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numbers, algebraic expressions, and so forth related to some mathematical object and remaining unchanged under certain transformations of the object or of the frame of reference in which the object is described. In order to characterize a geometric figure and its position in terms of numbers, it is usually necessary to introduce some auxiliary frame of reference or coordinate system. The numbers x1, x2, …, xn obtained in such a system characterize not only the geometric figure under study but also its relation to the coordinate system, and when this system changes, the numbers x1, x2, …, xn are replaced by some other numbers x1, x2, . . . xn. Therefore, if the value of some expression f (x1, x2, …, xn) is characteristic of the figure itself, it should not depend on the coordinate system, that is, the following relation must hold:

f(x1, x2, …, xn) = f(x1, x2, …, xn)

All expressions that satisfy relation (1) are called invariants. For example, the position of a segment M1M2 in a plane is defined in a rectangular coordinate system by two pairs of numbers x1, y2 and x2, y2—the coordinates of its end points M1 and M2. If we transform the coordinate system (by translating and rotating its axes), then the points M1 and M2 obtain different coordinates x1, y1 and x2, y2, but (x1 - x2)2 + (y1 - y2)2 = (x1 - x2)2 + (y1 - y2)2. Therefore, the expression (x1 - x2)2 + (y1 - y2)2 is an invariant of each transformation of rectangular coordinates. The geometric meaning of this invariant is clear: it is the square of the length of the segment M1M2.

A second-order curve in a rectangular coordinate system is given by a second-degree equation

(2) ax2 + 2bxy + cy2 + 2dx + 2ey + f = 0

whose coefficients may be viewed as numbers that define the curve. Upon transition to another system of rectangular coordinates, these coefficients change, but the expression I = (acb2)/(a + c)2 retains its value and consequently is an invariant of the curve (2). A similar but more general problem arises in the study of curves and surfaces of higher orders.

The concept of an invariant was used already by the German mathematician L. O. Hesse (1844), but the theory of invariants was developed systematically by the British mathematician J. Sylvester (1851–52), who proposed the term “invariant.” During the second half of the 19th century the theory of invariants was one of the mathematical theories most frequently worked on. In the course of development of this classical theory of invariants, the main efforts of investigators gradually came to be concentrated around the solution of certain “fundamental” problems, the best known of which was stated in the following manner. Consider invariants of a system of forms that are rational integral functions of the coefficients of these forms. Prove that there exists a finite basis for the invariants of each finite system of such forms, that is, a finite system of rational integral numbers in terms of which every other rational integral invariant may be expressed in the form of a rational integral function. The proof for projective invariants was given at the end of the 19th century by the German mathematician D. Hilbert.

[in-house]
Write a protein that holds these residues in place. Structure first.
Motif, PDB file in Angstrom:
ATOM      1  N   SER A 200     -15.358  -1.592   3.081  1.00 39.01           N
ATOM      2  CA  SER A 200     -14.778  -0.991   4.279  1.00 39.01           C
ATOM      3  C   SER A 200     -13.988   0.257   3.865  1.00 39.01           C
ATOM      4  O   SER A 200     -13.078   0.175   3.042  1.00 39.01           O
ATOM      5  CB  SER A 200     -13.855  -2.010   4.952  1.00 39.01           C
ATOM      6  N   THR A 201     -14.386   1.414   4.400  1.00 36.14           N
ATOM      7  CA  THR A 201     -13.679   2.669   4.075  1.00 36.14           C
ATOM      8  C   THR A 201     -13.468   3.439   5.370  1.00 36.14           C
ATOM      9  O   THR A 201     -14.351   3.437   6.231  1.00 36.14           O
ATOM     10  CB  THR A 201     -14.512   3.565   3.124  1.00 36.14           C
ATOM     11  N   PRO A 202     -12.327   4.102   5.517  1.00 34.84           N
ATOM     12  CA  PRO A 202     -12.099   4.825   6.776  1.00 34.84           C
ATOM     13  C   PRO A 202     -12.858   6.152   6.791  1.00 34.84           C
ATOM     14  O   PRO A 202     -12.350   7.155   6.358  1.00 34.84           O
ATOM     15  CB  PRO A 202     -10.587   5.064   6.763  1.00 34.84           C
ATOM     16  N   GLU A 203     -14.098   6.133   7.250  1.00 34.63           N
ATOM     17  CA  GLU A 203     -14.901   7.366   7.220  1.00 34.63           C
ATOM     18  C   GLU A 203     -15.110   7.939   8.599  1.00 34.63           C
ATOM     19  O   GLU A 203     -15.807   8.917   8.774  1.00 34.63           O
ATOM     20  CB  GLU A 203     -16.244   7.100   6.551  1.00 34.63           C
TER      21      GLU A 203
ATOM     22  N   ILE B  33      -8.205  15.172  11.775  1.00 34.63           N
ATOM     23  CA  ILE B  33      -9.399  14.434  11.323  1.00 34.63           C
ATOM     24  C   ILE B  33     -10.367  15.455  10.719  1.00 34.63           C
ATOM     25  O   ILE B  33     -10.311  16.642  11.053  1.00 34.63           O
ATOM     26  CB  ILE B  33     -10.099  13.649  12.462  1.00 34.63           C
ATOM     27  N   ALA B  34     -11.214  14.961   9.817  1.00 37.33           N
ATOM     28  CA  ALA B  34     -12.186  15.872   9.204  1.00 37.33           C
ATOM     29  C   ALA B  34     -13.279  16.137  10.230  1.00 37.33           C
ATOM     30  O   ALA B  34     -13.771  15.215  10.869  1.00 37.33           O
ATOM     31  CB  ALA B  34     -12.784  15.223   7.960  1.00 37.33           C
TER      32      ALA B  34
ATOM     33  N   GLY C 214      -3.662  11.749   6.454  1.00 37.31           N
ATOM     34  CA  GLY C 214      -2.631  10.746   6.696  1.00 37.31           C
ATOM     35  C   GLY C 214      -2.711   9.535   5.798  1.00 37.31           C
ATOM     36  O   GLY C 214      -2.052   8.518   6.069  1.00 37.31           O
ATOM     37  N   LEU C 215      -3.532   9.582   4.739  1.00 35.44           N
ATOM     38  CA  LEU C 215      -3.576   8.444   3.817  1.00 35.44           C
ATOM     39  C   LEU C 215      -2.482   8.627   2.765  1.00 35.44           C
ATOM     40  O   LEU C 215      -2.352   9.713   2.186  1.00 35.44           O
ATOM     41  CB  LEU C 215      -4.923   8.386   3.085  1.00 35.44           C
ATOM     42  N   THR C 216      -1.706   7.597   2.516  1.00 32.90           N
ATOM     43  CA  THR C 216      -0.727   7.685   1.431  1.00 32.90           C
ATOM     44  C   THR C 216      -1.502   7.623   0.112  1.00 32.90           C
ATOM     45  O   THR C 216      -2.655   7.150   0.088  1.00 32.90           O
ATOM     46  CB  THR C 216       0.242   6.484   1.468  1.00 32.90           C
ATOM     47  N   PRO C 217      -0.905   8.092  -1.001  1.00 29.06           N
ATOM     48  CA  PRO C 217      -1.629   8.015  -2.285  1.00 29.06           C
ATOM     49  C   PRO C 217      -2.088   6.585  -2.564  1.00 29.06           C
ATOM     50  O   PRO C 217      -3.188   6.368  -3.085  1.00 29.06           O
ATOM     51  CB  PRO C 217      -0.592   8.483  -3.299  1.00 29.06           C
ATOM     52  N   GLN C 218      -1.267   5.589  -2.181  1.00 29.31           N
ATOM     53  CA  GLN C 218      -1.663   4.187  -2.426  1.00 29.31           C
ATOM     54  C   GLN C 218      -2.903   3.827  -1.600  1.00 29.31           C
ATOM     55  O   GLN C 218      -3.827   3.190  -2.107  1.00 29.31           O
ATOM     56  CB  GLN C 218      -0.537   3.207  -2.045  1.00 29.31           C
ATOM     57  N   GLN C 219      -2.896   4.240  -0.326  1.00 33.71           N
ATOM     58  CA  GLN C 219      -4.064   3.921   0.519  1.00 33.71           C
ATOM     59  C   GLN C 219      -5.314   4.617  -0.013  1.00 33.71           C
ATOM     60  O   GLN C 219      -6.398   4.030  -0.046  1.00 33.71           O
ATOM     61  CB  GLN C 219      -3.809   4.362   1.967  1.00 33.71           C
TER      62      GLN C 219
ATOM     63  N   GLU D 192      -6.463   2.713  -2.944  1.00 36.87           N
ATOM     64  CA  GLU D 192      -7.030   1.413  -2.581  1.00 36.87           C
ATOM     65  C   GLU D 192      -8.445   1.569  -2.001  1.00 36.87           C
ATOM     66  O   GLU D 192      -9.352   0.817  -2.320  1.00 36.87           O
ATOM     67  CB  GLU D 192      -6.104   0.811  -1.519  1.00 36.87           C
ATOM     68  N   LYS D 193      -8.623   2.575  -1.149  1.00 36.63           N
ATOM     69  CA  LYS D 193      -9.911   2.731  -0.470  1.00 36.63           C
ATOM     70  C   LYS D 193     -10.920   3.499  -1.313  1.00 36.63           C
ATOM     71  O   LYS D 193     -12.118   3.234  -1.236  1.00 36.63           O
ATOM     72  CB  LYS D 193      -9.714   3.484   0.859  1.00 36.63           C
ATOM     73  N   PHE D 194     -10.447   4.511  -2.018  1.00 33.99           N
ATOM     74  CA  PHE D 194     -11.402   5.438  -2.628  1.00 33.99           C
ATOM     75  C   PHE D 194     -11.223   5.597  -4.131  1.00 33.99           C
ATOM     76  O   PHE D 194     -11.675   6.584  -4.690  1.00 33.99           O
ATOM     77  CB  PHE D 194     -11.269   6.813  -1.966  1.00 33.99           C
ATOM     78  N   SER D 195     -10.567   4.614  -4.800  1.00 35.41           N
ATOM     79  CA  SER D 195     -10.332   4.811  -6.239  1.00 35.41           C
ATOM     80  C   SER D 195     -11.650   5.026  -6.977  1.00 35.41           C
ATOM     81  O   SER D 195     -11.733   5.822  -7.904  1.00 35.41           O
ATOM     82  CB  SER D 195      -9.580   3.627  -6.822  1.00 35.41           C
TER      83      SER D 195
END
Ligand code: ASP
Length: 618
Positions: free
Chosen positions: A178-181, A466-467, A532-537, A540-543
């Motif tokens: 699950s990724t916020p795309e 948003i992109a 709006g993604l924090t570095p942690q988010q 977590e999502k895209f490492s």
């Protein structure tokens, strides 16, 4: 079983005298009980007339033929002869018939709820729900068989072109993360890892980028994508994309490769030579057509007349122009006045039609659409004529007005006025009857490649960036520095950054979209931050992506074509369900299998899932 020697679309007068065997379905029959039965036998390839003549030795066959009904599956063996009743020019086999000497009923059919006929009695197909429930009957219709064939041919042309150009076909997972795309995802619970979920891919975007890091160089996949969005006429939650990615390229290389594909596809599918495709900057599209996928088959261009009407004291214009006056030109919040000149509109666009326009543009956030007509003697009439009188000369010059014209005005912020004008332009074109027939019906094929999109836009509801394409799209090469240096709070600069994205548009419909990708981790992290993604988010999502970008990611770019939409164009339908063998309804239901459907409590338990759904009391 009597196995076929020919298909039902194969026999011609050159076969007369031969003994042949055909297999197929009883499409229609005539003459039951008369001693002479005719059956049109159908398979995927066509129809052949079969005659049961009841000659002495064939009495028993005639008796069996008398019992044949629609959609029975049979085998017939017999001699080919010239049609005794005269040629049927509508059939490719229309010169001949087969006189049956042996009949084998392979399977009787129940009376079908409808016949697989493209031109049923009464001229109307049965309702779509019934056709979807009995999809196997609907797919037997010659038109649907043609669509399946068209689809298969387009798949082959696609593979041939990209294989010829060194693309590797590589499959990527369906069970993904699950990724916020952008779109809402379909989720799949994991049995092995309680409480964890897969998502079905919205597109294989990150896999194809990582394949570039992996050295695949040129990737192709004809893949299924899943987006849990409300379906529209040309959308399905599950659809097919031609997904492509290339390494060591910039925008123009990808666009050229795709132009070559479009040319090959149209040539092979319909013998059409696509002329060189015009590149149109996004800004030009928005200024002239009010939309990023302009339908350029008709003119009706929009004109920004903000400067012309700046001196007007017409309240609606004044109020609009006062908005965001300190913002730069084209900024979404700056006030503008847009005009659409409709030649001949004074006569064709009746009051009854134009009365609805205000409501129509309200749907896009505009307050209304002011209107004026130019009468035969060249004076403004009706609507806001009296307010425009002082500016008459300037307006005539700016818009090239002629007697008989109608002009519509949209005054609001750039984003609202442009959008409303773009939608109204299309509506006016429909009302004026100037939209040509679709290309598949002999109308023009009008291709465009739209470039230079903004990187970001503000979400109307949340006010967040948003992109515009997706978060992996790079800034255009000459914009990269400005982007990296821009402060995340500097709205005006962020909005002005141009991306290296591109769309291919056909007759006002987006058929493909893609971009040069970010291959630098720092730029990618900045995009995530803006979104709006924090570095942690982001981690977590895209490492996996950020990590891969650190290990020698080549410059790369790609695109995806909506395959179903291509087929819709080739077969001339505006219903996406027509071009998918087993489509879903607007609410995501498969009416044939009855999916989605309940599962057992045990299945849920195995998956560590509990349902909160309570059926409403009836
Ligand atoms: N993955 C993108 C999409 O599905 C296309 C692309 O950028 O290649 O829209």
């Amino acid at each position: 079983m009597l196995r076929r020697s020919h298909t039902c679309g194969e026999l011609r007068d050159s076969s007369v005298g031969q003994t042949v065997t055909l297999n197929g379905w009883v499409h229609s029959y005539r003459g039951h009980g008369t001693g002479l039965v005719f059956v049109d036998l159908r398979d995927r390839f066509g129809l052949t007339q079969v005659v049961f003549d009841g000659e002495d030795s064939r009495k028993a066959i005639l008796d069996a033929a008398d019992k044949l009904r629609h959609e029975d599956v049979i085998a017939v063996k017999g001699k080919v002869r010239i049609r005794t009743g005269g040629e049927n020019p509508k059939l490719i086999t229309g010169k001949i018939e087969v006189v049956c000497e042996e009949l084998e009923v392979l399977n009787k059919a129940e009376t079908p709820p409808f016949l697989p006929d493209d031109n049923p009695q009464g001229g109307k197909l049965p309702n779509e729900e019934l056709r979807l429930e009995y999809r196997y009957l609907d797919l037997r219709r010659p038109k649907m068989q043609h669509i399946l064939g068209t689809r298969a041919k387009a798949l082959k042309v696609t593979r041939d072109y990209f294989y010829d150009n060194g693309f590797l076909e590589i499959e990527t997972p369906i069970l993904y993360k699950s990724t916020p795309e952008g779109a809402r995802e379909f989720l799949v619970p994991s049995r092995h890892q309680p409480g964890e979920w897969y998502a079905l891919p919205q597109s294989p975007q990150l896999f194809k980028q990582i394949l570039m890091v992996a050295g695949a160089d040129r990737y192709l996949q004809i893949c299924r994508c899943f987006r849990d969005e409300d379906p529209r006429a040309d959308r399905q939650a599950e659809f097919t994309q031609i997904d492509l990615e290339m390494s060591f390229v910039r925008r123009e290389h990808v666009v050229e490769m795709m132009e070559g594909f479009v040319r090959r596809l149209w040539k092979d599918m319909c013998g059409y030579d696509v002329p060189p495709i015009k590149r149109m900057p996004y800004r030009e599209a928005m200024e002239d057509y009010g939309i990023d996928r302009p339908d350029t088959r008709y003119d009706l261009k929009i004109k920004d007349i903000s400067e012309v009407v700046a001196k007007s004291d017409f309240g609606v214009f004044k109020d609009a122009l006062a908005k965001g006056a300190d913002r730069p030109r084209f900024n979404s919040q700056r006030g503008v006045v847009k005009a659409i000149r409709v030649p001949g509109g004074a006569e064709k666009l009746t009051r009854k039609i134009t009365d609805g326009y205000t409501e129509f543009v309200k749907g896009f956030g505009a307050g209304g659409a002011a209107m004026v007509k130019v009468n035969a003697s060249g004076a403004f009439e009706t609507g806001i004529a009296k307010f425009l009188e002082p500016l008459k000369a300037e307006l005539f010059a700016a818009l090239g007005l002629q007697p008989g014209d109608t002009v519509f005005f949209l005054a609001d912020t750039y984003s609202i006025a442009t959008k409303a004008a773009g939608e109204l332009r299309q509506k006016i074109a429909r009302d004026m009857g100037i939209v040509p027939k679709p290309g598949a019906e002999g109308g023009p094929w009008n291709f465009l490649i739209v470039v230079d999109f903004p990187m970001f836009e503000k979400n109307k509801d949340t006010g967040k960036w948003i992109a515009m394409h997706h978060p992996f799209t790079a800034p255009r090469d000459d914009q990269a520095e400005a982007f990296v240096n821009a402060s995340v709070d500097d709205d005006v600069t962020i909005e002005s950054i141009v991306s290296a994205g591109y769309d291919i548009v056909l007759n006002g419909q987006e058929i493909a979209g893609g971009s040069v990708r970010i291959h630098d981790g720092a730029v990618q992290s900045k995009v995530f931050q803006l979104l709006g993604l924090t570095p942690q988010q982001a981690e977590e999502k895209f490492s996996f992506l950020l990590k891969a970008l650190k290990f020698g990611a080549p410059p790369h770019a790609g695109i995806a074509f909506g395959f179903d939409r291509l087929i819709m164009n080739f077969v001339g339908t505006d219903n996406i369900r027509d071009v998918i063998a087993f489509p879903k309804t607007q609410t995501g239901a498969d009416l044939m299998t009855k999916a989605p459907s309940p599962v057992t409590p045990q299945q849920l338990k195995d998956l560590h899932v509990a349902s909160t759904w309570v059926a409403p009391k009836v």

An extremely fruitful approach to the concept of invariants results if the n-tuples x1, x2, …, xn and x1, x2, …, xn are considered not as coordinates of a single point with respect to different coordinate systems but rather as the coordinates of different points in the same coordinate system obtained from one another by a motion. The motions of space form a group. Invariants of coordinate transformations are also invariants of the group of motions. Direct generalization leads to the concept of the invariants of any group of transformations. The theory of such invariants is closely related to group theory, especially the theory of group representations.

The concept of the invariants of a group of transformations underlies the well-known systematization of the geometric disciplines according to the groups of transformations whose invariants are studied in these disciplines. For example, the invariants of the group of orthogonal transformations are studied in ordinary Euclidean geometry, the invariants of affine transformations in affine geometry, and the invariants of projective transformations in projective geometry. All one-to-one bicon-tinuous mappings constitute an extremely general group of transformations. The study of the invariants of these so-called topological mappings is the subject of topology. In differential geometry differential invariants are of fundamental importance. Their study led to the creation of the tensor calculus.

In the 20th century the theory of relativity, in which the invariance of physical laws with respect to a certain group of motions is a leading principle, has had a profound influence on the development of the theory of invariants, in particular on the development of the tensor calculus.


Pogorelov, A. V. Analiticheskaia geometriia, 3rd ed. Moscow, 1968.
Shirokov, P. A. Tenzornyi analiz, part 1. Moscow-Leningrad,
1934. Gurevich, G. B. Osnovy teorii algebraicheskikh invariantov. Moscow-Leningrad, 1948.
Weyl, H. Klassicheskie gruppy, ikh invarianty i predstavleniia. Moscow, 1947. (Translated from English.)
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